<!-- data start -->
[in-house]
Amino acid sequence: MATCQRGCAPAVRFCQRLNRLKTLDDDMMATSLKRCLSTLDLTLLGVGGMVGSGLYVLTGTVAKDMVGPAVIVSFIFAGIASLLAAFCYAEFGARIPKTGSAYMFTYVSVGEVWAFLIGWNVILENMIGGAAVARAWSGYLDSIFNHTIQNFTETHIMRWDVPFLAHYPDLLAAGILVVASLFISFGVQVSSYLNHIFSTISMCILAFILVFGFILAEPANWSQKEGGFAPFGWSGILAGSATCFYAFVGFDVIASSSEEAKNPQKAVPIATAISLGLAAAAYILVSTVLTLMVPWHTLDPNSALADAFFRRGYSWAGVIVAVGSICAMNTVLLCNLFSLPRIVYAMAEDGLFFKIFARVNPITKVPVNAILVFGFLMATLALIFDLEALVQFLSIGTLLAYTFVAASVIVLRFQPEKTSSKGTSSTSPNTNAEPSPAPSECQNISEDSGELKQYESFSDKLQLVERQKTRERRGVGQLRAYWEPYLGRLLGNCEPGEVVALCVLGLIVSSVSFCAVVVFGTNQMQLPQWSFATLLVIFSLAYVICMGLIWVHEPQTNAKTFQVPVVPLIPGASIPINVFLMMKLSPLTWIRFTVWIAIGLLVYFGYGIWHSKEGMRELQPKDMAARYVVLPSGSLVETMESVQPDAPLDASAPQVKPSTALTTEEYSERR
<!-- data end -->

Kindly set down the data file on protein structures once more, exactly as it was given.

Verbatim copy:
[in-house]
Amino acid sequence: MATCQRGCAPAVRFCQRLNRLKTLDDDMMATSLKRCLSTLDLTLLGVGGMVGSGLYVLTGTVAKDMVGPAVIVSFIFAGIASLLAAFCYAEFGARIPKTGSAYMFTYVSVGEVWAFLIGWNVILENMIGGAAVARAWSGYLDSIFNHTIQNFTETHIMRWDVPFLAHYPDLLAAGILVVASLFISFGVQVSSYLNHIFSTISMCILAFILVFGFILAEPANWSQKEGGFAPFGWSGILAGSATCFYAFVGFDVIASSSEEAKNPQKAVPIATAISLGLAAAAYILVSTVLTLMVPWHTLDPNSALADAFFRRGYSWAGVIVAVGSICAMNTVLLCNLFSLPRIVYAMAEDGLFFKIFARVNPITKVPVNAILVFGFLMATLALIFDLEALVQFLSIGTLLAYTFVAASVIVLRFQPEKTSSKGTSSTSPNTNAEPSPAPSECQNISEDSGELKQYESFSDKLQLVERQKTRERRGVGQLRAYWEPYLGRLLGNCEPGEVVALCVLGLIVSSVSFCAVVVFGTNQMQLPQWSFATLLVIFSLAYVICMGLIWVHEPQTNAKTFQVPVVPLIPGASIPINVFLMMKLSPLTWIRFTVWIAIGLLVYFGYGIWHSKEGMRELQPKDMAARYVVLPSGSLVETMESVQPDAPLDASAPQVKPSTALTTEEYSERR